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Hey, I like this option :). It's a bit time consuming though, specially if you just need one new icon for a small new feature. Will certainly give it a go when I need a whole batch of new icons for something. –  Jeroen Dec 2 '11 at 15:59
    
Actually, I often set my own time limit to 3 minutes giving the individual process a total time span of 9 minutes + the coffee break ;) –  katDNA Dec 2 '11 at 18:39
    
This is actually a great suggestion! I just tried it with online merriam-webster (clicking to antonyms and then to its antonyms again), giving me a boatload of options. Think I may automate this suggestion somehow (surely there's a dictionary with antonyms that has a developer API... :D) –  Jeroen Dec 2 '11 at 19:50
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Nice idea, to automate the word generation - I have to state one concern though: this being a creative process, one very important part is to kick your brain the b.. and make it leap out of the set "stream", habit has lured it into. This is what our brains are made for - recognizing a pattern and reacting exactly as it did the last time. If you skip the kicking (or storming), then you risk cheating yourself of valuable ideas –  katDNA Dec 7 '11 at 20:15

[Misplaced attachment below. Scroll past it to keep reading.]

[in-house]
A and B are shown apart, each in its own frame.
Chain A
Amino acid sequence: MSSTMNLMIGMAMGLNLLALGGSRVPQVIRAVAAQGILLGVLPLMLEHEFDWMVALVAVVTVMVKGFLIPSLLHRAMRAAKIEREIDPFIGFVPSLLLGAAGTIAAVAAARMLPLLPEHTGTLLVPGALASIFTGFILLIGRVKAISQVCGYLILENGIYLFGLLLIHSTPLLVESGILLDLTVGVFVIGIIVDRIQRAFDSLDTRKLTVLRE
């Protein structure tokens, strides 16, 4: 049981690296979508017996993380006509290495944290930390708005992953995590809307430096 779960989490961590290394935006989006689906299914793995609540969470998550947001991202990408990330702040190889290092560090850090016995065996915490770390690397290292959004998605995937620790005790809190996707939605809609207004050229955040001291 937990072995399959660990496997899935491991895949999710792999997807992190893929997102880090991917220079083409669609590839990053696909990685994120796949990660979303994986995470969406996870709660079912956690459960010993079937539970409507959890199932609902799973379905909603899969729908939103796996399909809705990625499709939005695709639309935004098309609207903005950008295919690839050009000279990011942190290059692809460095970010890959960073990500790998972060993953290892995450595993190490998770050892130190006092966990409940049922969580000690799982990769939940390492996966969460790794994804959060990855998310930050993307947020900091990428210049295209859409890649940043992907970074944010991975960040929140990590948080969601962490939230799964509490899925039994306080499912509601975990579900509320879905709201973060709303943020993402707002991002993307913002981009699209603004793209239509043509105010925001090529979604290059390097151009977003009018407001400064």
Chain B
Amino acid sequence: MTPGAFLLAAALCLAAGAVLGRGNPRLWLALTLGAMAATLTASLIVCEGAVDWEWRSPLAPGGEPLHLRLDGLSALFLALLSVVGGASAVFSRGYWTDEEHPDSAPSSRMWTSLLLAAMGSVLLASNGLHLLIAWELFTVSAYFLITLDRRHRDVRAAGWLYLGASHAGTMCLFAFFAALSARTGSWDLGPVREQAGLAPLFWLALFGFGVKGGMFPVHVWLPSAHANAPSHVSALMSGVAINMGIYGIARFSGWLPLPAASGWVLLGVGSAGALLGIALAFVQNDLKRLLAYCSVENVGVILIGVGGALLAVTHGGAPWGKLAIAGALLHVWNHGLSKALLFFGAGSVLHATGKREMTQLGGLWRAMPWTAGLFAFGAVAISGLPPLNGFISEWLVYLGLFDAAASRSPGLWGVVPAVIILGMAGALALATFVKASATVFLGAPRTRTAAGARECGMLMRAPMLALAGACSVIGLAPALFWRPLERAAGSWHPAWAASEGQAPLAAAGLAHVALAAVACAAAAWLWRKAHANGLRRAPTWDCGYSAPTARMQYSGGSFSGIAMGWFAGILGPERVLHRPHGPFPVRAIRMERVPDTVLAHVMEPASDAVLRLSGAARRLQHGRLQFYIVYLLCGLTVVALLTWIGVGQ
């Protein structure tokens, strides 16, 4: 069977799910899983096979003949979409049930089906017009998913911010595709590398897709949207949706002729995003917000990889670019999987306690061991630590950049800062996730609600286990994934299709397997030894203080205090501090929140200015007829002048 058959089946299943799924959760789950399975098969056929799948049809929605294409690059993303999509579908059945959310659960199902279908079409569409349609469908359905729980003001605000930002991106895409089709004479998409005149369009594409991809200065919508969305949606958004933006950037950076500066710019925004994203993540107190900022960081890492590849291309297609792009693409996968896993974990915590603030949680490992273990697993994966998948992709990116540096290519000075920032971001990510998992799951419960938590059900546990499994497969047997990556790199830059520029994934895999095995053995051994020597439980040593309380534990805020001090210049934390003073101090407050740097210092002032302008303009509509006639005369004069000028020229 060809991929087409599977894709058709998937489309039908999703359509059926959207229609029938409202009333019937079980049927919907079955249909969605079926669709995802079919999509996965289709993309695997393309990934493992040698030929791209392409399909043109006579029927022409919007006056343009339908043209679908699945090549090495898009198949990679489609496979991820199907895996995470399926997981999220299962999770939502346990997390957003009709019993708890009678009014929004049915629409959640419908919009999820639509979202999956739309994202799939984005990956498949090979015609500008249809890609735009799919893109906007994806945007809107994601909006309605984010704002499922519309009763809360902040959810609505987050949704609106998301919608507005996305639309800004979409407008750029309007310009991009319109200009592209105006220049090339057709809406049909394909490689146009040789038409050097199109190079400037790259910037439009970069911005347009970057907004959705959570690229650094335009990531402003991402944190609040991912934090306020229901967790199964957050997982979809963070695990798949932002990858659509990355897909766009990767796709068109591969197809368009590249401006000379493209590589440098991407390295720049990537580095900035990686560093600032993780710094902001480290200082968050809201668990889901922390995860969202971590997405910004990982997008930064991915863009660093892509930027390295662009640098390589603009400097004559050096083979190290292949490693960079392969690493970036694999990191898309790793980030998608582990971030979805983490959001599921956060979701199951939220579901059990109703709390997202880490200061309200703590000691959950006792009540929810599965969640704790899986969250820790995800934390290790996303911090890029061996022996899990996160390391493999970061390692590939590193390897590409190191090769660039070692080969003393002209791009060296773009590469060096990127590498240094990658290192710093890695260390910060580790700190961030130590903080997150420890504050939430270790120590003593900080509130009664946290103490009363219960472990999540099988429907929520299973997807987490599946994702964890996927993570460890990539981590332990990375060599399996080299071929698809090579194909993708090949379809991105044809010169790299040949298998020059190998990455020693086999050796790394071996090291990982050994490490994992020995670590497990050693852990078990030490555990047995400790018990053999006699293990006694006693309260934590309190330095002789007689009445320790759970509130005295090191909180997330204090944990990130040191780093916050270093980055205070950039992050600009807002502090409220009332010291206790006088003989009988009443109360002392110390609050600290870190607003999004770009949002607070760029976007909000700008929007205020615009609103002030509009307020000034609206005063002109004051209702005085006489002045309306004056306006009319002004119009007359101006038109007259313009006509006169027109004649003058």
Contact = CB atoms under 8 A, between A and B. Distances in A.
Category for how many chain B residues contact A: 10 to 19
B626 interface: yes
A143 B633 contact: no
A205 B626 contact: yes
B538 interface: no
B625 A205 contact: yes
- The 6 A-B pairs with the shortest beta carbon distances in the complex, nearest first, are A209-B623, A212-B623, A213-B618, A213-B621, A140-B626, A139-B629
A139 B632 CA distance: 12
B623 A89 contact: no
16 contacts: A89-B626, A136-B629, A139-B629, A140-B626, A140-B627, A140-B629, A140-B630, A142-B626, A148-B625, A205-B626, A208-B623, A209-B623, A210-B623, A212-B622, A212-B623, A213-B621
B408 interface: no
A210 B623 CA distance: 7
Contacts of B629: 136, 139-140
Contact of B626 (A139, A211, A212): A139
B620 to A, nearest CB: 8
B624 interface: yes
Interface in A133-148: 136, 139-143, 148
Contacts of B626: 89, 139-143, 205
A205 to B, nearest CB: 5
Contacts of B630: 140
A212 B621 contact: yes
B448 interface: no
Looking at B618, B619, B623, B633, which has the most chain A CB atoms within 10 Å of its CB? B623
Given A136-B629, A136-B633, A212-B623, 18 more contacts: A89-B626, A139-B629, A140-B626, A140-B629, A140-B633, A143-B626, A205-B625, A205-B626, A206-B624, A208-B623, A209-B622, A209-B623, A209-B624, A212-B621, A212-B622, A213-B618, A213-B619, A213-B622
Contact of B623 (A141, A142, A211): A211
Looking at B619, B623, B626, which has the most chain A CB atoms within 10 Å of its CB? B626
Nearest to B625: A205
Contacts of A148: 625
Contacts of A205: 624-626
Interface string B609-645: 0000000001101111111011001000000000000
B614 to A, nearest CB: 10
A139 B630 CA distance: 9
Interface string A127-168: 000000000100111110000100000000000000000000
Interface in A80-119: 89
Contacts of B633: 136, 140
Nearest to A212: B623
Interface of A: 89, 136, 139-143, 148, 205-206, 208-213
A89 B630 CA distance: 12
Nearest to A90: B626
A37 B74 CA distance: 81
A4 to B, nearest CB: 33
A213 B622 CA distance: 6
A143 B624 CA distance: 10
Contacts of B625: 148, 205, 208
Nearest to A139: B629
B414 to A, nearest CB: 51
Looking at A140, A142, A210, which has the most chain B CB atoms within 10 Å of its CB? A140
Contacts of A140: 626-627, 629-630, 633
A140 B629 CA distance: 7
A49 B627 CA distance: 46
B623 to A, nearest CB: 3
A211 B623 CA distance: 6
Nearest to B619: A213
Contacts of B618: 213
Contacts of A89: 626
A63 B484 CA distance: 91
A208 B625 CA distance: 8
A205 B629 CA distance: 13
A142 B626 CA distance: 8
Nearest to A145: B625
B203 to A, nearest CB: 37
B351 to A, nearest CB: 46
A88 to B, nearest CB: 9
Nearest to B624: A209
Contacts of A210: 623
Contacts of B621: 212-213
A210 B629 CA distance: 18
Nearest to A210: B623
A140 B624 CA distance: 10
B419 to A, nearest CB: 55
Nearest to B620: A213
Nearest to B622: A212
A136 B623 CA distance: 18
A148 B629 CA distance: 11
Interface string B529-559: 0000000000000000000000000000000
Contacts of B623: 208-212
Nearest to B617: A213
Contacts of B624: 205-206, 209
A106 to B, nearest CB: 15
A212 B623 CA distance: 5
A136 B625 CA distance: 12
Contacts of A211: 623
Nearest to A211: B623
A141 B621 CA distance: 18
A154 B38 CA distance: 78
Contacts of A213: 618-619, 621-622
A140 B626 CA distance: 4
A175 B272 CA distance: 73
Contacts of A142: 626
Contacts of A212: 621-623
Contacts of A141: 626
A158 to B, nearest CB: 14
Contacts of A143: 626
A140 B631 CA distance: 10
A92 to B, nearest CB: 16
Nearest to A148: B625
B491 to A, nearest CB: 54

Great idea! This reminds me of how Ben Franklin would translate his prose arguments into poetry and then later translate the poetry back to prose. –  Clay Nichols Feb 25 at 13:42
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Creating recognizable icons is a supreme royal pain in the boo-tocks. There is no analytic Process to follow that consistently yields decent icons. All you have are some vague guidelines from the usual style guides (e.g., Windows and Mac), which cover more the graphic style of the icons than the semantics.